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Katy Residents Marvel in a Different Caterpillar Season


May 1, 2024

By Natalie Cook Clark


Black, furry caterpillars have been seen all around the Katy area. They they are similar to the Katy tree asps these critters don't come with the painful sting.

Photo credit: Cristian El Capitan


Caterpillars Around Katy

‘Tis the season for the caterpillars and there are plenty in Katy for residents to see as they move about including running across Katy roads.


So What Are They?

Caterpillars running around Katy is becoming a pretty common site these days because they are in season to be out. The most common one is the black fuzzy caterpillars that are salt marsh moths. These critters are harmless to residents and not like the fuzzy asps that can inflict a painful sting.

Katy Magazine asked residents to share their pictures and videos on our Facebook page and the response was fun.


This is the time of year when many caterpillars are coming out of their winter hiding spots. They are attracted to the many flowers and plants that are currently in full bloom, your allergies may have also alerted you to this season.


These caterpillars will feed on plants before weaving a cocoon to turn into moths later in the season. Many residents have shared pictures of them and even video as they can be surprisingly fast when crossing streets.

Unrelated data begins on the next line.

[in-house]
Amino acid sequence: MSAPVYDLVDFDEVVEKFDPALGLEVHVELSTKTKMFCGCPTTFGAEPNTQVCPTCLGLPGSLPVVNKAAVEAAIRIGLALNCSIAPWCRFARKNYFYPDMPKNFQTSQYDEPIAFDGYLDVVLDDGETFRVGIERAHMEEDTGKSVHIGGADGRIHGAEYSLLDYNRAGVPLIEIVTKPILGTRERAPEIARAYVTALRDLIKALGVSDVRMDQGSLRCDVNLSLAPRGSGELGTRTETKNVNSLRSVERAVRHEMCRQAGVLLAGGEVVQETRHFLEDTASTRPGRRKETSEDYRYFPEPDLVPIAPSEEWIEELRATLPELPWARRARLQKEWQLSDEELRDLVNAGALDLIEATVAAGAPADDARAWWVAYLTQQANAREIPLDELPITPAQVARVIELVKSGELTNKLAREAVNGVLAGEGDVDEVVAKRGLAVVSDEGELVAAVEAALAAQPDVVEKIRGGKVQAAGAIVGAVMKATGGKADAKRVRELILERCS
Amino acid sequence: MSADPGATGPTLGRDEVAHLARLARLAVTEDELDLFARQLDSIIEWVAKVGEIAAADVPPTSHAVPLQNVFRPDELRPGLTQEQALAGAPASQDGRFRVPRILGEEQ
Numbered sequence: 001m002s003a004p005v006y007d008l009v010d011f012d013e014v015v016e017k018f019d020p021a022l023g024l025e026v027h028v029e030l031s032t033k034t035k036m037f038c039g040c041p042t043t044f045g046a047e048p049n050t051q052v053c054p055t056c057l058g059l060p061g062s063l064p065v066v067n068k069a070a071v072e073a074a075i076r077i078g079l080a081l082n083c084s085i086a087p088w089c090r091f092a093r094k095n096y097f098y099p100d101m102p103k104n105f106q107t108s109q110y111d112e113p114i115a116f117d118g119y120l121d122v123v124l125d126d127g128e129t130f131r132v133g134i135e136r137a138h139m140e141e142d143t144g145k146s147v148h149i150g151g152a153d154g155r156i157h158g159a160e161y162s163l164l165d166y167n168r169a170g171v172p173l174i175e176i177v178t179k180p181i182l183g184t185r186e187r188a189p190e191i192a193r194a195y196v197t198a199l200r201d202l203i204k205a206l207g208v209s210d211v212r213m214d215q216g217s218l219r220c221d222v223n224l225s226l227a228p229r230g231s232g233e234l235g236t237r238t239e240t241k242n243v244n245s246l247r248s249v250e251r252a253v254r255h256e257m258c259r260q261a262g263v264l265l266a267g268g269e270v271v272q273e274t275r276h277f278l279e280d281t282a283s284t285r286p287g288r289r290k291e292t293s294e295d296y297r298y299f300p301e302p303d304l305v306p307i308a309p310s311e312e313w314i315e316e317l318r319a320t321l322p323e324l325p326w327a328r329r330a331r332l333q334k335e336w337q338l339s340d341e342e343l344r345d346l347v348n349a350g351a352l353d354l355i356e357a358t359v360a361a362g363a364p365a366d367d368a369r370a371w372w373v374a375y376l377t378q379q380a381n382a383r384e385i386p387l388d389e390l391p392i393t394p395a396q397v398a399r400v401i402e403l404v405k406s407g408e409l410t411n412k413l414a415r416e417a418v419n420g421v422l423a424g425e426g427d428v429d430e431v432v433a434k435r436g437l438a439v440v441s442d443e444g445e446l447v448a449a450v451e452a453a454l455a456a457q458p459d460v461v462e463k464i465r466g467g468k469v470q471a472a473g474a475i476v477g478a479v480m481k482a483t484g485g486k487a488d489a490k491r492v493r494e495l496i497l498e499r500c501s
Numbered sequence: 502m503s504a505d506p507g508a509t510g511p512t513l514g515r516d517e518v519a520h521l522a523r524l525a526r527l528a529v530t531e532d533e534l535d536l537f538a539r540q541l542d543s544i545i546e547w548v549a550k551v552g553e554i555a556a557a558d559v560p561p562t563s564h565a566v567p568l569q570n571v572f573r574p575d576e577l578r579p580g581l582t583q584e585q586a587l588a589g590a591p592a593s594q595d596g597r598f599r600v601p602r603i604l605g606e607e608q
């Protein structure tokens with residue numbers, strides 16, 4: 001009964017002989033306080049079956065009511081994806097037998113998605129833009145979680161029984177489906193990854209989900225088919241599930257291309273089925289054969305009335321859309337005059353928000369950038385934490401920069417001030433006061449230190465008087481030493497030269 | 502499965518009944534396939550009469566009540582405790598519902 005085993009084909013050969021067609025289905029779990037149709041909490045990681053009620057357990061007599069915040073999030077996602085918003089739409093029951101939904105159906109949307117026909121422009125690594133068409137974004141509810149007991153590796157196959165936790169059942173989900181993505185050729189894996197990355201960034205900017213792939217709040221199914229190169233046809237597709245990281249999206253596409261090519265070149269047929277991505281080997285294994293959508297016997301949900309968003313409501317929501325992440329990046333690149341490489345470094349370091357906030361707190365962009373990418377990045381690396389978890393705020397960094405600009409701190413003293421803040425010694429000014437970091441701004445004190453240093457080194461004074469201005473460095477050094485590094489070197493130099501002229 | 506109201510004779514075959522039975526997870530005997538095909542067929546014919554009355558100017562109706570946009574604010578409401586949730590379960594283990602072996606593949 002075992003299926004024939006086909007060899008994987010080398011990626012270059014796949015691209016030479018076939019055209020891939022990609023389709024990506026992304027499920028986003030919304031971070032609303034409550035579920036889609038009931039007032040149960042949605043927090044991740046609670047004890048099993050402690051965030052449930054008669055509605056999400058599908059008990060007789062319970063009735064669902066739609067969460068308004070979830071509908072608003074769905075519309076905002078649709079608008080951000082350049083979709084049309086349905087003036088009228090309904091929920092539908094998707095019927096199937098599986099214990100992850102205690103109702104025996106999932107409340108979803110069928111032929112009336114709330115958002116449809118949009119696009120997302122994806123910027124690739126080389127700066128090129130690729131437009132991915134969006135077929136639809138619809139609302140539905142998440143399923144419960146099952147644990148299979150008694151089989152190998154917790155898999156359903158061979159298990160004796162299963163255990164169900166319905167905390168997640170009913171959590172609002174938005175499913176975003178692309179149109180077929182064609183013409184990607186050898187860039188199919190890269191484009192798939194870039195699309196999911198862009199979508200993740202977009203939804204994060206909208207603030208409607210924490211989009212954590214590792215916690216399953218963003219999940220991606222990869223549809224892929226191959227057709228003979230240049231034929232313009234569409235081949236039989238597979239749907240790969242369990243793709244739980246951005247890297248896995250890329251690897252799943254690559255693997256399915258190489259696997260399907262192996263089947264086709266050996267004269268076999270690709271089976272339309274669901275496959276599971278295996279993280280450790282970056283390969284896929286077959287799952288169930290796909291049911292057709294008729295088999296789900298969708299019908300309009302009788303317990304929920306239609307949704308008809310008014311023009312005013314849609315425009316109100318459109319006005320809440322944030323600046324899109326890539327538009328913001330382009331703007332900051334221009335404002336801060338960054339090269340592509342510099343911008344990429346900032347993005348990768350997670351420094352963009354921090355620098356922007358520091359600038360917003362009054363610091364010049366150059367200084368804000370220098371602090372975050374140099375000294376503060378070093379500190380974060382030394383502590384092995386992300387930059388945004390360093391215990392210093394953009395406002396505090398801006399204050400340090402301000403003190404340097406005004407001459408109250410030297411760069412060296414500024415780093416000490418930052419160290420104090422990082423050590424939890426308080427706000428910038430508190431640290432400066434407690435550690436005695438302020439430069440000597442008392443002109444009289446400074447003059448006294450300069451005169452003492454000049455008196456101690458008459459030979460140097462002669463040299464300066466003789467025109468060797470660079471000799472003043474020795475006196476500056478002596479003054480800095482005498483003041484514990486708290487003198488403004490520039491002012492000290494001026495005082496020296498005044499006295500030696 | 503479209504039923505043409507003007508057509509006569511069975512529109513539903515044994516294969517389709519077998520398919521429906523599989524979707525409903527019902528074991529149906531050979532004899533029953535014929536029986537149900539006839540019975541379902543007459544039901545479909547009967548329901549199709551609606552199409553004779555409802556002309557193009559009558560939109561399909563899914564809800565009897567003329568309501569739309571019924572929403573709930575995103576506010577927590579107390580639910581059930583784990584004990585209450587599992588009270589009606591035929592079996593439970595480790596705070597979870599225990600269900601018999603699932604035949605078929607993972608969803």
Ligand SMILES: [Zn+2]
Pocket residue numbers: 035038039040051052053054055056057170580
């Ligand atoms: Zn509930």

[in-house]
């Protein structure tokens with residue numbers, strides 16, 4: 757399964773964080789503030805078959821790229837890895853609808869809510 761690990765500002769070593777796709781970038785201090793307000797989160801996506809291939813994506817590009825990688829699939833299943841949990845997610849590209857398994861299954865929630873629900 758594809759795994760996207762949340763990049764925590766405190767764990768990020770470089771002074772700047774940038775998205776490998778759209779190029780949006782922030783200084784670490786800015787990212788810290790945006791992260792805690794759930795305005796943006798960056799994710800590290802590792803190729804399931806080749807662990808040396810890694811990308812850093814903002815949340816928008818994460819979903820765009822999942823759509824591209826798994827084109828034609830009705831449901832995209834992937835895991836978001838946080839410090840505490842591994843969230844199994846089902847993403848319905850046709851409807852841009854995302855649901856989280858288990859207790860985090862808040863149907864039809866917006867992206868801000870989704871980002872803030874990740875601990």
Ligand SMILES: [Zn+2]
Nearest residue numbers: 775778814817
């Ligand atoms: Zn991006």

While these critters are harmless to the Katy residents who enjoy seeing them, there are similar critters that can cause harm. Tree asps also turn into moths, but unlike these caterpillars, tree asps can sting and really hurt.


Photo credit: Tracy Dehmer Elliott

What are Tree Asps?

Tree asps, like most stinging caterpillars, belong to the family of flannel moths - in this case - the Southern Flannel Moth. They're tricky to spot - lots are only about the size of a quarter. The ones found around here are teardrop shaped, and their hair resembles cotton or fur that's gray to reddish brown. More mature asps have wings.


Tree asps in Katy are seasonal. The peak season for them is the end of October and November.


However, everyone should proceed with caution when looking to handle any wild critter. Katy is home to many wild critters that, like the currently prevalent caterpillars, are fun to look at. Leave them be and let them pass as they prepare for their next stage.


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